Originally published under the title, "The Current Struggle for the Soul of Academia."

Recently, there has been an encouraging amount of attention paid to the issue of free speech on the college campus. Some of it specifically addresses speech about Islam or Islamism, but a lot doesn't. The refusal to discuss radical Islam is, unfortunately, not an isolated event but one facet of political correctness in academia. The heckler's veto that is so obvious in situations like the Charlie Hebdo massacre and American newspapers' refusal to print Muhammad cartoons is an extreme expression of a phenomenon all too common in American universities today, of speech being policed and 'trigger warnings' required because a reader or listener takes offense to it.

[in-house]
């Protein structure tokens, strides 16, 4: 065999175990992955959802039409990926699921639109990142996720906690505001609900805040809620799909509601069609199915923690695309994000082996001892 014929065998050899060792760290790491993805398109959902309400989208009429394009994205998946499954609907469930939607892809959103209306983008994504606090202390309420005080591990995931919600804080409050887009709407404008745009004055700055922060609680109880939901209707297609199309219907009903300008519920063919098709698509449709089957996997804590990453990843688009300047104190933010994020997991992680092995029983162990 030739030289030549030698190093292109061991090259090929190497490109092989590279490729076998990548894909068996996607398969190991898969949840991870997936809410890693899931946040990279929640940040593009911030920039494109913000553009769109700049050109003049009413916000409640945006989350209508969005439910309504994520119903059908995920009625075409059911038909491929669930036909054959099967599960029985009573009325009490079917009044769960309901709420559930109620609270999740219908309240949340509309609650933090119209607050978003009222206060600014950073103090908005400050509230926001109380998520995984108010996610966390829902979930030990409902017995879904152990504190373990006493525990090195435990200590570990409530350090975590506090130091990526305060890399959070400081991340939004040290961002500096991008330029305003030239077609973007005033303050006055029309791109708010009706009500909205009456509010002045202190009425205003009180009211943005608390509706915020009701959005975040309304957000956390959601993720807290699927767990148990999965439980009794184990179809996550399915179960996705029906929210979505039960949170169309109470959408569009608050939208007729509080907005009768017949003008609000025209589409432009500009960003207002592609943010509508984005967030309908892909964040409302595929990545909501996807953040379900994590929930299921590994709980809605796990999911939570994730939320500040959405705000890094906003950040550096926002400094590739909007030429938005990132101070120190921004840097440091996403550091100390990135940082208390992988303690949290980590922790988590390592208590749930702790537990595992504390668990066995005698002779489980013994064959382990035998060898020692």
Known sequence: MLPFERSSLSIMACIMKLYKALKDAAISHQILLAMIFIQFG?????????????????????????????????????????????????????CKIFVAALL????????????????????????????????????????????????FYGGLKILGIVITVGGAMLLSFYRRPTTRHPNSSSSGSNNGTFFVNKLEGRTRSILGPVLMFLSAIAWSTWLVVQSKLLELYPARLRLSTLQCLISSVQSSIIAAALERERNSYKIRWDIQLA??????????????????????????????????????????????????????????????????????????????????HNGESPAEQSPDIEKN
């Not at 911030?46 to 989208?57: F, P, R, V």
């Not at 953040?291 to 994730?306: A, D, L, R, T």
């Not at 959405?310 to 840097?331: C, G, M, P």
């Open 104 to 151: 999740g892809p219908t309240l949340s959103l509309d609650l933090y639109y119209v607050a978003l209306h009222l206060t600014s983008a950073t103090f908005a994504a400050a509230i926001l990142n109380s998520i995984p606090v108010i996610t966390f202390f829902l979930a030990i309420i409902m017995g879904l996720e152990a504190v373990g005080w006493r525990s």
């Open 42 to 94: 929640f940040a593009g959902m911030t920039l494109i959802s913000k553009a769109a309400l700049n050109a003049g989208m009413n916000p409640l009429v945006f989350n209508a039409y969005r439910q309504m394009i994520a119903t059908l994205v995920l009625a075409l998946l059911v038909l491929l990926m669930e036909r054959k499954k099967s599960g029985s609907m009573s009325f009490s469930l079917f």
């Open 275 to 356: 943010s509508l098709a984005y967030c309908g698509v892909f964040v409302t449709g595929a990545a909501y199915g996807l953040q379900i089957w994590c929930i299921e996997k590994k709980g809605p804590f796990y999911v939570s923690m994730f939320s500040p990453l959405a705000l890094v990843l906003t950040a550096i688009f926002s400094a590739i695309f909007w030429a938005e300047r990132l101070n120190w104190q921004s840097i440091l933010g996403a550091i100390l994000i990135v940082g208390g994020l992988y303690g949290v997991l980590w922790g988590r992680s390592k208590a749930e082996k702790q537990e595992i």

The people voicing concerns are not new to the issue, but the amount of focused attention they have paid to it in just the last few months is noteworthy. Here's a suggested reading list on the issue:

It is, perhaps, unsurprising that so many people who have been schooled in an atmosphere that elevates feelings of victimhood above truth would rather avoid the subject than admit both the right and the necessity to say openly and straightforwardly that Islam needs reform, and that many who call themselves mainstream (CAIR comes to mind) are nothing of the kind.

Here's to hoping that the above speakers make an impact.

Johanna Markind is associate counselor at the Middle East Forum